October 8, 2012
Captain Tom Worthy
Oregon State Police I.T. and Technology Improvement Program
A new technology program developed by Oregon State Police (OSP) with the assistance of Oregon Judicial Department (OJD) and Oregon Department of Transportation (ODOT), designed to improve efficiencies in the traffic citation process, was announced as a finalist recently by the National Association of State Chief Information Officers (NASCIO) for one of its 2012 Recognition Awards for Outstanding Achievement in the Field of Information Technology in State Government.
"The NASCIO 2012 State Recognition Award nominations demonstrate that states strive to support the public policy goals of state leaders, provide cost-effective service to citizens, and make available solutions that are transferable to other agencies or units of government," said Jack Doane, Alabama director of information services division and co-chair for the NASCIO Awards Committee. Additional information about the nominations and selected finalists is available on an NASCIO news release at http://www.nascio.org/newsroom/pressReleases.cfm. Award winners will be announced October 23rd during the NASCIO's Annual Conference in San Diego.
The Oregon State Police Mobility + E-Ticketing Program developed an electronic citation process to more efficiently move a citation from the law enforcement officer's hand to circuit and justice courts across the state. OSP began developing the program in January 2011 as part of a series of technology-based projects that are transforming how OSP troopers work and upgrading how the Department conducts daily business. The Mobility + E-Ticketing Program was successfully completed eleven months later as 39 circuit courts began moving from the delivery of handwritten citations to electronically receiving citations after preparation at the scene of the traffic stop.
Albert Gauthier, Chief Information Officer for the Oregon State Police, said the purpose of the program is to automate the act of officer's issuing a traffic citation by developing an electronic citation process that could be used by all law enforcement agencies in Oregon.
Before the program started, OSP troopers hand wrote approximately 150,000 to 200,000 citations annually. After a copy was given to the person contacted by the trooper, copies were hand-delivered to the local court and another to the respective OSP field office. Transcriptions of a single citation occurred at the field office into the OSP Records Management System and at the circuit or justice court, leading to a considerable number of resources being dedicated to capturing information on the citations for respective systems.
OSP consulted with the OJD and the Chief Justice of Oregon to ensure legal compatibility with all state statutes. Multiple agencies and vendors worked collaboratively to deliver a fully integrated solution that automated OSP systems and helped the courts. E-Ticketing also helped implement OJD Courts ePay allowing people to pay citations on-line within 24 hours instead of being involved in a process that can take more than 3 weeks to resolve.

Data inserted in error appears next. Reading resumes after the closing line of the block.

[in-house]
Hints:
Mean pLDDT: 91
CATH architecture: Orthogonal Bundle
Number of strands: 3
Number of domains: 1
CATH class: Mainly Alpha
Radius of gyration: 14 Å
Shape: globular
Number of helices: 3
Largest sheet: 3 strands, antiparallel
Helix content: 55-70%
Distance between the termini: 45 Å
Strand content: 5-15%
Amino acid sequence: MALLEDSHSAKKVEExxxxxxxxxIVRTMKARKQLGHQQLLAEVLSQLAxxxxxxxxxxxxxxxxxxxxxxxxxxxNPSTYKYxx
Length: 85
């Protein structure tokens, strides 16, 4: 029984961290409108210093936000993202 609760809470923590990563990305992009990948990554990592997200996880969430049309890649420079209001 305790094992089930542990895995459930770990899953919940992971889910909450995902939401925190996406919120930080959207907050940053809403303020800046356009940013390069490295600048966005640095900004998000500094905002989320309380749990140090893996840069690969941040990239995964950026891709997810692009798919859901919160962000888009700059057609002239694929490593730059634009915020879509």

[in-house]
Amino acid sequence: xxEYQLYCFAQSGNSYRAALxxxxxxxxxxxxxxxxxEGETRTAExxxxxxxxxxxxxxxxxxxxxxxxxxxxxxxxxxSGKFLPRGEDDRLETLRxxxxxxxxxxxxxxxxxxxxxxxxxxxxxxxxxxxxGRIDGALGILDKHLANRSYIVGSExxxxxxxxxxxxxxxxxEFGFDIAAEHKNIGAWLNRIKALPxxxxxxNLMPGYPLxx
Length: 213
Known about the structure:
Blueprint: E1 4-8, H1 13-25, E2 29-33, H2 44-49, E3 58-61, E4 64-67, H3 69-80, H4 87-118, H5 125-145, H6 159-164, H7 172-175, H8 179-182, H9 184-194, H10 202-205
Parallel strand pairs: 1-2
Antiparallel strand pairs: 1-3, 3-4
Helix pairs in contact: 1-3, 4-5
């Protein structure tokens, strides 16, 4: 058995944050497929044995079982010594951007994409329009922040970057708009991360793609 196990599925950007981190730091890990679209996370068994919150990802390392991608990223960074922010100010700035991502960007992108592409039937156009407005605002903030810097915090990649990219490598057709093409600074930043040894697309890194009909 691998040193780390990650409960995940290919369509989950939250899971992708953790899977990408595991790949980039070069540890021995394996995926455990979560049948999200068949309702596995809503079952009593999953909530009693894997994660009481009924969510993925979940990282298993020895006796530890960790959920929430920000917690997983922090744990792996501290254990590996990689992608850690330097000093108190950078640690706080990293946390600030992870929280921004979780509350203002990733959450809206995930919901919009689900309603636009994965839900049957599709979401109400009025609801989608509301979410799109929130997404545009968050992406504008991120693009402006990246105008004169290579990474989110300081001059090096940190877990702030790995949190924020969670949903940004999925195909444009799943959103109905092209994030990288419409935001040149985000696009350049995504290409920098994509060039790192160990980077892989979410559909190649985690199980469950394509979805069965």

"A true reflection of the successful collaboration and project partnership is noted by Trial Court Administrators who were skeptical of our ability to deliver and import citation data efficiently and effectively," said Gauthier. "Today, they are extremely pleased with the results and continue to work with OSP to achieve further success."
The OSP Mobility +E-Ticketing Program cost approximately $2.5 million including hardware, software, equipment, installations, and other related costs. It was developed in connection with the OSP Mobile Data Program and the replacement of the OSP Computer Aided Dispatch (CAD) system. For almost 2 years, OSP has been working with teams of agency and industry experts as well as Intergraph engineers to develop a CAD system with advanced features and functions designed to provide OSP with a modern dispatch environment. The new OSP Intergraph CAD system went "live" August 13 and is a modern, state-of-the-art dispatch system designed to exchange incidents with other agency CAD systems as well as the OSP Records Management System. The new system replaced an aging CAD system which had been operational for nearly 20 years.
"Our Department is very encouraged by the progress noted during the weeks following implementation of the new CAD system. In the coming months we should see additional benefits through transformations achieved with other major technological upgrades," said Captain Tom Worthy, who oversees the department's I.T. and Technology Implementation program.